|Drug⁎||During PCI||Comments ▶ All Patients to Receive ASA|
|Patient Received Initial Medical Treatment (With a P2Y12 Receptor Inhibitor)||Patient Did Not Receive Initial Medical Treatment (With a P2Y12 Receptor Inhibitor)|
|Glycoprotein IIb/IIIa Receptor Antagonists|
|Abciximab||Of uncertain benefit||▶ Continue for up to 12 h at the discretion of the physician.|
|Eptifibatide||Of uncertain benefit|
|Tirofiban||Of uncertain benefit|
|P2Y12 Receptor Inhibitors|
|Prasugrel‡||No data are available to guide decision making|
|Ticagrelor||Patients who are already receiving clopidogrel should receive a loading dose of ticagrelor|
|Bivalirudin||For patients who have received UFH, wait 30 min, then give 0.75 mg/kg bolus, then 1.75 mg/kg per h infusion (Class I, LOE: B)||0.75 mg/kg bolus, 1.75 mg/kg per h infusion|
Modified from Wright et al (6).
ACT indicates activated clotting time; ASA, aspirin; BMS, bare-metal stent; CABG, coronary artery bypass graft; DES, drug-eluting stent; GP, glycoprotein; FDA, Food and Drug Administration; ICH, intracranial hemorrhage; IV, intravenous; LD, loading dose; LOE, level of evidence; MACE, major adverse cardiac events; MD, maintenance dose; PCI, percutaneous coronary intervention; PLATO, PLATelet inhibition and patient Outcomes trial; PPI, proton pump inhibitor; STEMI, ST-elevation myocardial infarction; TIA, transient ischemic attack; UA/NSTEMI, unstable angina/non–ST-elevation myocardial infarction; and UFH, unfractionated heparin.
↵⁎ This list is in alphabetical order and is not meant to indicate a particular therapy preference. This drug table does not make recommendations for combinations of listed drugs. It is only meant to indicate an approved or recommended dosage if a drug is chosen for a given situation.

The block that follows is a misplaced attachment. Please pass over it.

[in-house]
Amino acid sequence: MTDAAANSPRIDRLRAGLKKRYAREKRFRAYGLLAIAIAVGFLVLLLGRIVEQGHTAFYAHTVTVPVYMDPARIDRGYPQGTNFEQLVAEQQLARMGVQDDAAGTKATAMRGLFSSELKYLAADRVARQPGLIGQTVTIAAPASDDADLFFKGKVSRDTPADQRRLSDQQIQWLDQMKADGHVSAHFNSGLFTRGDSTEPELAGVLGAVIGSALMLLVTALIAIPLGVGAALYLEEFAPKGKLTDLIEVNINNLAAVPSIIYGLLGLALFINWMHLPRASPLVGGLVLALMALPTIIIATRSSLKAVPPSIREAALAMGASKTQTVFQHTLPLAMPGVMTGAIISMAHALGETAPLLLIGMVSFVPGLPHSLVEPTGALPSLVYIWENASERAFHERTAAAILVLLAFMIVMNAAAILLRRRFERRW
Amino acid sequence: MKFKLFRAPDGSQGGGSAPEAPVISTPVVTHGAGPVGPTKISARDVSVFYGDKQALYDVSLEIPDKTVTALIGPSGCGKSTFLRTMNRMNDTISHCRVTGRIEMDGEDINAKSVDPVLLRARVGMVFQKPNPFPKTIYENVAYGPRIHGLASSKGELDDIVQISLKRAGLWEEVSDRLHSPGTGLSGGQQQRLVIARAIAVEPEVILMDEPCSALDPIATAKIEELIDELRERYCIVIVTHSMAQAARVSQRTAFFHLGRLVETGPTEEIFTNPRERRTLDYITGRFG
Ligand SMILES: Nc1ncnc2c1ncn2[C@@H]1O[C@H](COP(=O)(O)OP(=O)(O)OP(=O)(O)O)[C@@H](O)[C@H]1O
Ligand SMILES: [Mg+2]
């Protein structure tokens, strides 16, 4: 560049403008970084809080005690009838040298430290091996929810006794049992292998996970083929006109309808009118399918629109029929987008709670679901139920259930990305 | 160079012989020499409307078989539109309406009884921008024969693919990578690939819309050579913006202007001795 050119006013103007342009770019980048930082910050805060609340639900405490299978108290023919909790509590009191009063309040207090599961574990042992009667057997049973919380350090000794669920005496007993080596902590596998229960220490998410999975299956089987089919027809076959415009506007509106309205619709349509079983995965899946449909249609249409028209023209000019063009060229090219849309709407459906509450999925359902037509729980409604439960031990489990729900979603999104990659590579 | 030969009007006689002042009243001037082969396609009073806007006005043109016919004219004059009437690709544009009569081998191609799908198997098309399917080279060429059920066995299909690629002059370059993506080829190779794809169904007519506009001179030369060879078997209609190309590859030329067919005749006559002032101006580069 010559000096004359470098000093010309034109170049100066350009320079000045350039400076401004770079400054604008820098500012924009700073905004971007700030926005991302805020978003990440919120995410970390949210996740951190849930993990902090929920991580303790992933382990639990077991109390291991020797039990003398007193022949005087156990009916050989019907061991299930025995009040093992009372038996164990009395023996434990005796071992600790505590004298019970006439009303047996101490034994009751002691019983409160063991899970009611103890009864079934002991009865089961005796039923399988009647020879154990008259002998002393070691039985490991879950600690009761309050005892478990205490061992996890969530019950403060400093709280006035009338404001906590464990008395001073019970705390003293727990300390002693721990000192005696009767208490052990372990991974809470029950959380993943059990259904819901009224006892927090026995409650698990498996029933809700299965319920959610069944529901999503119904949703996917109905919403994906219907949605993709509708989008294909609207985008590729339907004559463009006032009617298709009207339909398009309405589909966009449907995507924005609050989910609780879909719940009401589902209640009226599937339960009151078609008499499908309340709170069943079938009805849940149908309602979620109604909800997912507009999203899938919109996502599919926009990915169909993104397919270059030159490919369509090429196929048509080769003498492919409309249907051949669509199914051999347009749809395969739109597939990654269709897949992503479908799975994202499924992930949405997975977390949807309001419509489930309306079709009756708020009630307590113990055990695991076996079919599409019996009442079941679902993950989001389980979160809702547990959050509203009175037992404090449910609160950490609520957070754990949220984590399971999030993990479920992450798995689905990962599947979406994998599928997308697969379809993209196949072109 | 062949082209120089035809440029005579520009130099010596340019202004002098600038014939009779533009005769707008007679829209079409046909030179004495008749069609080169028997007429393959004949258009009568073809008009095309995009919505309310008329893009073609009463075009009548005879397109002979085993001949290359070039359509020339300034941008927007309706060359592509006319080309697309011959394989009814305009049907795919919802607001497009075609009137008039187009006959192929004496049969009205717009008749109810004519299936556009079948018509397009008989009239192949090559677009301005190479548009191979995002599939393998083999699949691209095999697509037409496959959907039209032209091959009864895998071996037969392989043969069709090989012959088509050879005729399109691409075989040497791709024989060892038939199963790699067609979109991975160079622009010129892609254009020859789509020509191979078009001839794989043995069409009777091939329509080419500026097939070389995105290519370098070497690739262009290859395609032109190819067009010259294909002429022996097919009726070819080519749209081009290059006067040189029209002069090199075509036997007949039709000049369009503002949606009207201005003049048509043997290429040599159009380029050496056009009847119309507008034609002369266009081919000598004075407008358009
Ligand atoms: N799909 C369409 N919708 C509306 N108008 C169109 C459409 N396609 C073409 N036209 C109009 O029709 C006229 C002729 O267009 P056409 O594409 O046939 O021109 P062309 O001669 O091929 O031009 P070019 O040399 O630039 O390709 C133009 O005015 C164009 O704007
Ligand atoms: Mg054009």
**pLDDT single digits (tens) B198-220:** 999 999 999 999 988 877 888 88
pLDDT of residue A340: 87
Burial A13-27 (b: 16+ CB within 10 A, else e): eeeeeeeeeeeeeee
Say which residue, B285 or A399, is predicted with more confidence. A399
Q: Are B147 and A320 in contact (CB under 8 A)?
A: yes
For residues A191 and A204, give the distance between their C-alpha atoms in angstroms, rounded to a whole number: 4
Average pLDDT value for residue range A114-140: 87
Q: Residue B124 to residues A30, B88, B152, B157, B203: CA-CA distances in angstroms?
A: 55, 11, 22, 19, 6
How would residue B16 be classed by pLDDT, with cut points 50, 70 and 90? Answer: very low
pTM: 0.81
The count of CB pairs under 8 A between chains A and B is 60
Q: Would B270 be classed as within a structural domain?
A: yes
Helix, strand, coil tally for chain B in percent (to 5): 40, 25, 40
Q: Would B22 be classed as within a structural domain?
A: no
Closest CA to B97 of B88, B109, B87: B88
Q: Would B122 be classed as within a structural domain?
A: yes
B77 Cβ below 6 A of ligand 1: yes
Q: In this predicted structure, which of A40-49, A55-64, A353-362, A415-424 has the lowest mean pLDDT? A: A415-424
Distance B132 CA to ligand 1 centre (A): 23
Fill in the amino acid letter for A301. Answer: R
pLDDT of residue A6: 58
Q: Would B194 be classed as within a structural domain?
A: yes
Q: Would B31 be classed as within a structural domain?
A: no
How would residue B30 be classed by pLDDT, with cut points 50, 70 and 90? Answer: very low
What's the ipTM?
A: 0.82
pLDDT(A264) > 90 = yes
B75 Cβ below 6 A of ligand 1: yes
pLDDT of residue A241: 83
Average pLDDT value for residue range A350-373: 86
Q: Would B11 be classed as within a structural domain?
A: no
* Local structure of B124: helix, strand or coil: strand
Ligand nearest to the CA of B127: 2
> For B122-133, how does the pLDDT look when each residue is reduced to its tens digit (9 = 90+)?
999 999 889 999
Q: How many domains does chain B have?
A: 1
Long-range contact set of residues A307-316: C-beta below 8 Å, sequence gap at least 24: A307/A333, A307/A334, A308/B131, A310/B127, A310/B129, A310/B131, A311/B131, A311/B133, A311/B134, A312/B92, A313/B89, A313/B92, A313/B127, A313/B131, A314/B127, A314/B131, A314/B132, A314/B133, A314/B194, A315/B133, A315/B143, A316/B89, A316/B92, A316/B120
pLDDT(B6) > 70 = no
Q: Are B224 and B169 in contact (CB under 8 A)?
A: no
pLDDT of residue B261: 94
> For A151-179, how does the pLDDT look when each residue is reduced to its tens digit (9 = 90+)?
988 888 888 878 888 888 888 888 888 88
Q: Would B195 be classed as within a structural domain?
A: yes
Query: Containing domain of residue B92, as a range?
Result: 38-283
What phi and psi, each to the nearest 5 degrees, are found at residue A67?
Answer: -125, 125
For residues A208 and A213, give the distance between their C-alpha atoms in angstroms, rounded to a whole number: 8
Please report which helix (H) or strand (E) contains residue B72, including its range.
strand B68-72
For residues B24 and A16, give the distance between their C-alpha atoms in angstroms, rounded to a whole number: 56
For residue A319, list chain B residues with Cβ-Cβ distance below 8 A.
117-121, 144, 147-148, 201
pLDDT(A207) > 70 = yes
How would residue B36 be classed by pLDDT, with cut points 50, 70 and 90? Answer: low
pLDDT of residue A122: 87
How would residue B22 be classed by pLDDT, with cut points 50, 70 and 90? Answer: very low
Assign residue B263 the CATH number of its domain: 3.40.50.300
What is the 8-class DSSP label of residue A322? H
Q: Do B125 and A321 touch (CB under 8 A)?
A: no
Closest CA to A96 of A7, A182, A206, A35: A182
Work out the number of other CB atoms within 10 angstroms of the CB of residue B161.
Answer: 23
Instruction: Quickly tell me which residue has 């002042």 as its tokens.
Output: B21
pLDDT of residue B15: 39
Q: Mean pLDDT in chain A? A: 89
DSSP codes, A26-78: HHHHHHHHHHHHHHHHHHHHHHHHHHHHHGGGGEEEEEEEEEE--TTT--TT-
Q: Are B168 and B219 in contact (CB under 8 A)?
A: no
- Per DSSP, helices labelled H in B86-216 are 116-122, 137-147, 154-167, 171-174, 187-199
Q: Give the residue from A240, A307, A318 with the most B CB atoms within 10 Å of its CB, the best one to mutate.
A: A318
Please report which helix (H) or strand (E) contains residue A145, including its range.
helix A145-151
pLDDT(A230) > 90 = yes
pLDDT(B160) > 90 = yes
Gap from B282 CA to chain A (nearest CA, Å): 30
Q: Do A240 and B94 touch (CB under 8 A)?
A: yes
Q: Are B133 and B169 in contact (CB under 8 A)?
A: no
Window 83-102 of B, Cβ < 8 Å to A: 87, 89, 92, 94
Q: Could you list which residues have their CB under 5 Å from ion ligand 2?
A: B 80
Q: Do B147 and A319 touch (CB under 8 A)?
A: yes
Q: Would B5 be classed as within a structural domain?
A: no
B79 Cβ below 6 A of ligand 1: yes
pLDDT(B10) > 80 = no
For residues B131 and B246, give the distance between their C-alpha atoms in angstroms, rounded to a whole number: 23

↵† The optimum LD of clopidogrel has not been established. Randomized trials establishing its efficacy and providing data on bleeding risks used an LD of 300 mg orally followed by a daily oral dose of 75 mg. Higher oral LDs such as 600 mg or more than 900 mg of clopidogrel more rapidly inhibit platelet aggregation and achieve a higher absolute level of inhibition of platelet aggregation, but the additive clinical efficacy and safety of higher oral LD have not been rigorously established. For post-PCI patients receiving a DES, a daily MD should be given for at least 12 mo unless the risk of bleeding outweighs the anticipated net benefit afforded by a P2Y12 receptor inhibitor. For post-PCI patients receiving a BMS, an MD should be given for up to 12 mo (unless the risk of bleeding outweighs the anticipated net benefit afforded by a P2Y12 receptor inhibitor; then it should be given for a minimum of 2 wk). The necessity for giving an LD of clopidogrel before PCI is driven by the pharmacokinetics of clopidogrel, for which a period of several hours is required to achieve desired levels of platelet inhibition. Patients who have a reduced-function CYP2C19 allele have significantly lower levels of the active metabolite of clopidogrel, diminished platelet inhibition, and a higher rate of MACE, including stent thrombosis. In UA/NSTEMI patients taking clopidogrel for whom CABG is planned and can be delayed, it is reasonable to discontinue the clopidogrel to allow for dissipation of the antiplatelet effect unless the urgency for revascularization and/or the net benefit of clopidogrel outweigh the potential risks of excess bleeding. The period of withdrawal should be at least 5 d in patients receiving clopidogrel.
↵‡ Patients weighing <60 kg have an increased exposure to the active metabolite of prasugrel and an increased risk of bleeding on a 10-mg once-daily MD. Consider lowering the MD to 5 mg in patients who weigh <60 kg. The effectiveness and safety of the 5-mg dose have not been studied prospectively. For post-PCI patients receiving DES, a daily MD should be given for at least 12 mo unless the risk of bleeding outweighs the anticipated net benefit afforded by a P2Y12 receptor inhibitor. Do not use prasugrel in patients with active pathological bleeding or a history of TIA or stroke. In patients age ≥75 y, prasugrel is generally not recommended because of the increased risk of fatal and intracranial bleeding and uncertain benefit, except in high-risk situations (patients with diabetes or a history of prior myocardial infarction), for which its effect appears to be greater and its use may be considered. Do not start prasugrel in patients likely to undergo urgent CABG. When possible, discontinue prasugrel at least 7 d before any surgery. Additional risk factors for bleeding include body weight <60 kg, propensity to bleed, and concomitant use of medications that increase the risk of bleeding (e.g., warfarin, heparin, fibrinolytic therapy, or long-term use of nonsteroidal anti-inflammatory drugs).